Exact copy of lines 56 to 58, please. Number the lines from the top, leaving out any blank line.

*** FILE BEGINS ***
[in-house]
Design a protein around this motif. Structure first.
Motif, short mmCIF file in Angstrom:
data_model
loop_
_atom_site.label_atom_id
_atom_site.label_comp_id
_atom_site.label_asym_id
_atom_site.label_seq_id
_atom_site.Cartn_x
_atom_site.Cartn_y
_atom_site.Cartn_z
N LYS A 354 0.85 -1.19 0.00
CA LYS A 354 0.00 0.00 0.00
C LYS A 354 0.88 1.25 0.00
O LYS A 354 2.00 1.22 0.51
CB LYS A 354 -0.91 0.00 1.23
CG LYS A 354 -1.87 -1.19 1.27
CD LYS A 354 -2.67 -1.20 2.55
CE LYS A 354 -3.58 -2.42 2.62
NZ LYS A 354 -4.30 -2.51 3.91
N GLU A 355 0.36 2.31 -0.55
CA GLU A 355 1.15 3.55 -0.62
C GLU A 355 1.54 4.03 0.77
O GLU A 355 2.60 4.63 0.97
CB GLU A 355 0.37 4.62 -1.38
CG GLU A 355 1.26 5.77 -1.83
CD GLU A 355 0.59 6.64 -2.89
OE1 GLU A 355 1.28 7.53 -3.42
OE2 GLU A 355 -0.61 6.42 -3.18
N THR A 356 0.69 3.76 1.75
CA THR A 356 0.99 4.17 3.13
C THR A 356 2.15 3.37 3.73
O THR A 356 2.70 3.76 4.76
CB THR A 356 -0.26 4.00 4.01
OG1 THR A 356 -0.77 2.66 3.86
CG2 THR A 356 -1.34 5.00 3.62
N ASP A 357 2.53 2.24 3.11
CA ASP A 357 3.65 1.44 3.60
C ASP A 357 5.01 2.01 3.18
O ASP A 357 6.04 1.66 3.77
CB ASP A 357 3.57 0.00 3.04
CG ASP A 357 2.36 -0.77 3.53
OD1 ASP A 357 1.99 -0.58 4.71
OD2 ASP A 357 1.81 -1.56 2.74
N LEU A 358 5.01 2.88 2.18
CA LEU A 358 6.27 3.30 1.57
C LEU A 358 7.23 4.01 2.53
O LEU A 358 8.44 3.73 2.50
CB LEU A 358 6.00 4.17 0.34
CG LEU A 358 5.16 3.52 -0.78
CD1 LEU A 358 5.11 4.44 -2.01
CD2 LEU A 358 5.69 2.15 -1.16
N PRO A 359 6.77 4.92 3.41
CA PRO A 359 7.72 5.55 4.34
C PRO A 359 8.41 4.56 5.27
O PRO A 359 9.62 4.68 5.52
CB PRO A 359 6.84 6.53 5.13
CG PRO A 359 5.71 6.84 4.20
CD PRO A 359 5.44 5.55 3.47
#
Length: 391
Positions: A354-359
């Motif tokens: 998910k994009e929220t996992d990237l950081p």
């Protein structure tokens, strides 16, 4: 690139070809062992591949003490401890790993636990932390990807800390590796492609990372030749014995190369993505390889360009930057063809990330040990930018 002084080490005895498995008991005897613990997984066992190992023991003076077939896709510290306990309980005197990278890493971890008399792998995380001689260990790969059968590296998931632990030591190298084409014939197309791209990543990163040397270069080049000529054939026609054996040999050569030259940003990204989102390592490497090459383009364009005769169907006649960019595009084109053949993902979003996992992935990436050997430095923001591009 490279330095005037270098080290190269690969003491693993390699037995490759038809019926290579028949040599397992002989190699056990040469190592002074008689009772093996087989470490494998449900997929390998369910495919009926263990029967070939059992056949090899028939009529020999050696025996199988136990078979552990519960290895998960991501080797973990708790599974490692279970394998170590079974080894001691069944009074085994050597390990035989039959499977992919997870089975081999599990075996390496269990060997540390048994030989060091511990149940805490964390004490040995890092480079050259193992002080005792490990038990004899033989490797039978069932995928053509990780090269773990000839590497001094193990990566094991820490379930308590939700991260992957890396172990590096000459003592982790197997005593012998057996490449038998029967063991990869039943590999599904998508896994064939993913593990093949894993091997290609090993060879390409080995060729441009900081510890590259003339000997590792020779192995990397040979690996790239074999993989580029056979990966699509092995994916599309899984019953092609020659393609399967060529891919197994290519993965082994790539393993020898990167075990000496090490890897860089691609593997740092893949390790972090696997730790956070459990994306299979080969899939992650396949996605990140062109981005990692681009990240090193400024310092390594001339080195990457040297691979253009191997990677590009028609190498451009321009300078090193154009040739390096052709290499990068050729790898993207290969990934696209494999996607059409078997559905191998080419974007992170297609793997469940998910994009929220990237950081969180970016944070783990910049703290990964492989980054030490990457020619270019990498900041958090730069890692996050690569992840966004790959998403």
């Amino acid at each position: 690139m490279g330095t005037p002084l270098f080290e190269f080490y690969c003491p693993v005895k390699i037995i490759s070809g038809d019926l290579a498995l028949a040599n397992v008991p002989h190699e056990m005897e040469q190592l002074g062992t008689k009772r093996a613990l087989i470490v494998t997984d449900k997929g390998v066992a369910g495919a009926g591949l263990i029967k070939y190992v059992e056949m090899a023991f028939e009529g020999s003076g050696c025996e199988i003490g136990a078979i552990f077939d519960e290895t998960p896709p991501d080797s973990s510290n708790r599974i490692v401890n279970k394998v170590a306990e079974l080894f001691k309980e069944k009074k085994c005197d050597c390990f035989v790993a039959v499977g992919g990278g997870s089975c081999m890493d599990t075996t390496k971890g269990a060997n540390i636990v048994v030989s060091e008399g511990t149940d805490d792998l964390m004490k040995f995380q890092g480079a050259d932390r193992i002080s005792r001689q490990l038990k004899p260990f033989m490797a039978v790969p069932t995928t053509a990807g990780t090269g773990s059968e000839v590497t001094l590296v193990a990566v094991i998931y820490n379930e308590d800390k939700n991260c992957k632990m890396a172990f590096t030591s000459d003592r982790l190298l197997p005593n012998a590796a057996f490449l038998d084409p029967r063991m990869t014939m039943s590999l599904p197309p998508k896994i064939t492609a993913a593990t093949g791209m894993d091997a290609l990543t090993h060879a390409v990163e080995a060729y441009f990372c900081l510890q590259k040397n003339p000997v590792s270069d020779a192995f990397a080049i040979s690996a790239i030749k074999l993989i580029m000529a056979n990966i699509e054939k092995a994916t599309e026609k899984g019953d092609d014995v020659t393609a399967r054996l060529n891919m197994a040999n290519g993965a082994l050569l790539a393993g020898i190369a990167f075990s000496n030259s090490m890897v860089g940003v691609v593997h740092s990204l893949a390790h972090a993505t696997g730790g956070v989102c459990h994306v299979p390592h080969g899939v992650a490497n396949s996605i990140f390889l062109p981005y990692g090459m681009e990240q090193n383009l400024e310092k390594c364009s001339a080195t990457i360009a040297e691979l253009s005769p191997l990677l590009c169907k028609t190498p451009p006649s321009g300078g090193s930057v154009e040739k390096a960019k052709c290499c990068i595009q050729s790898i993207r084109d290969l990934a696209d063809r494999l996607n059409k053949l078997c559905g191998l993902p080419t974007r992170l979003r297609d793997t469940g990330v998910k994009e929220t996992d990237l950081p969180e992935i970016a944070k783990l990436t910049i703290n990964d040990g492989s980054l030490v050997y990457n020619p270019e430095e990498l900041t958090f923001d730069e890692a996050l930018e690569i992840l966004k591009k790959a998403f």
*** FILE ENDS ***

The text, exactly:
C PRO A 359 8.41 4.56 5.27
O PRO A 359 9.62 4.68 5.52
CB PRO A 359 6.84 6.53 5.13